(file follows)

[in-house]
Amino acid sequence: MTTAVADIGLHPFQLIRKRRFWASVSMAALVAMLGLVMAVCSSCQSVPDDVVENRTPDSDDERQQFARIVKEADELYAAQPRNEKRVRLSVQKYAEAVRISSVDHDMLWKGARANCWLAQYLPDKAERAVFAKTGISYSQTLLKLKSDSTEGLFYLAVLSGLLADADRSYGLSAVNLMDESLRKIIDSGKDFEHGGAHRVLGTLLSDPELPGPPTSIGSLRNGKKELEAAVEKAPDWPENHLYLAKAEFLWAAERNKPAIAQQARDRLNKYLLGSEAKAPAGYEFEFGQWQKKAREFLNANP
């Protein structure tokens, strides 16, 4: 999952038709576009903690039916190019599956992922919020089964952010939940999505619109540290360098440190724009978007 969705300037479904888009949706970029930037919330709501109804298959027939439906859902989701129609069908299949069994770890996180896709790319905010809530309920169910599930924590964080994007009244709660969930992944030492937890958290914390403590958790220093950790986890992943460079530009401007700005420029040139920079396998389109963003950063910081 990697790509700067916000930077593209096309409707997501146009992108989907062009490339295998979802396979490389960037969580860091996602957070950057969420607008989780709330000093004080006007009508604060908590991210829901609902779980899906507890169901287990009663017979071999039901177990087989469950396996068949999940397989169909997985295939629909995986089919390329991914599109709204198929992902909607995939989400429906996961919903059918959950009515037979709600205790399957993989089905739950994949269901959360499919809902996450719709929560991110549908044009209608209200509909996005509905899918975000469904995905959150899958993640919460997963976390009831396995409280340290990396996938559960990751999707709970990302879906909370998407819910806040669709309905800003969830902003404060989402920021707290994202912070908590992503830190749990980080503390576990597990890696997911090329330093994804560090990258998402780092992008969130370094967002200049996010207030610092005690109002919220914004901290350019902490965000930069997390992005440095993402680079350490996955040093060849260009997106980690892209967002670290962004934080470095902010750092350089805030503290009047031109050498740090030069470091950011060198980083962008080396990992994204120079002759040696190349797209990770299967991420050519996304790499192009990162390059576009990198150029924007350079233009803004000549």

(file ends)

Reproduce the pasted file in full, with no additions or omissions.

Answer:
[in-house]
Amino acid sequence: MTTAVADIGLHPFQLIRKRRFWASVSMAALVAMLGLVMAVCSSCQSVPDDVVENRTPDSDDERQQFARIVKEADELYAAQPRNEKRVRLSVQKYAEAVRISSVDHDMLWKGARANCWLAQYLPDKAERAVFAKTGISYSQTLLKLKSDSTEGLFYLAVLSGLLADADRSYGLSAVNLMDESLRKIIDSGKDFEHGGAHRVLGTLLSDPELPGPPTSIGSLRNGKKELEAAVEKAPDWPENHLYLAKAEFLWAAERNKPAIAQQARDRLNKYLLGSEAKAPAGYEFEFGQWQKKAREFLNANP
């Protein structure tokens, strides 16, 4: 999952038709576009903690039916190019599956992922919020089964952010939940999505619109540290360098440190724009978007 969705300037479904888009949706970029930037919330709501109804298959027939439906859902989701129609069908299949069994770890996180896709790319905010809530309920169910599930924590964080994007009244709660969930992944030492937890958290914390403590958790220093950790986890992943460079530009401007700005420029040139920079396998389109963003950063910081 990697790509700067916000930077593209096309409707997501146009992108989907062009490339295998979802396979490389960037969580860091996602957070950057969420607008989780709330000093004080006007009508604060908590991210829901609902779980899906507890169901287990009663017979071999039901177990087989469950396996068949999940397989169909997985295939629909995986089919390329991914599109709204198929992902909607995939989400429906996961919903059918959950009515037979709600205790399957993989089905739950994949269901959360499919809902996450719709929560991110549908044009209608209200509909996005509905899918975000469904995905959150899958993640919460997963976390009831396995409280340290990396996938559960990751999707709970990302879906909370998407819910806040669709309905800003969830902003404060989402920021707290994202912070908590992503830190749990980080503390576990597990890696997911090329330093994804560090990258998402780092992008969130370094967002200049996010207030610092005690109002919220914004901290350019902490965000930069997390992005440095993402680079350490996955040093060849260009997106980690892209967002670290962004934080470095902010750092350089805030503290009047031109050498740090030069470091950011060198980083962008080396990992994204120079002759040696190349797209990770299967991420050519996304790499192009990162390059576009990198150029924007350079233009803004000549």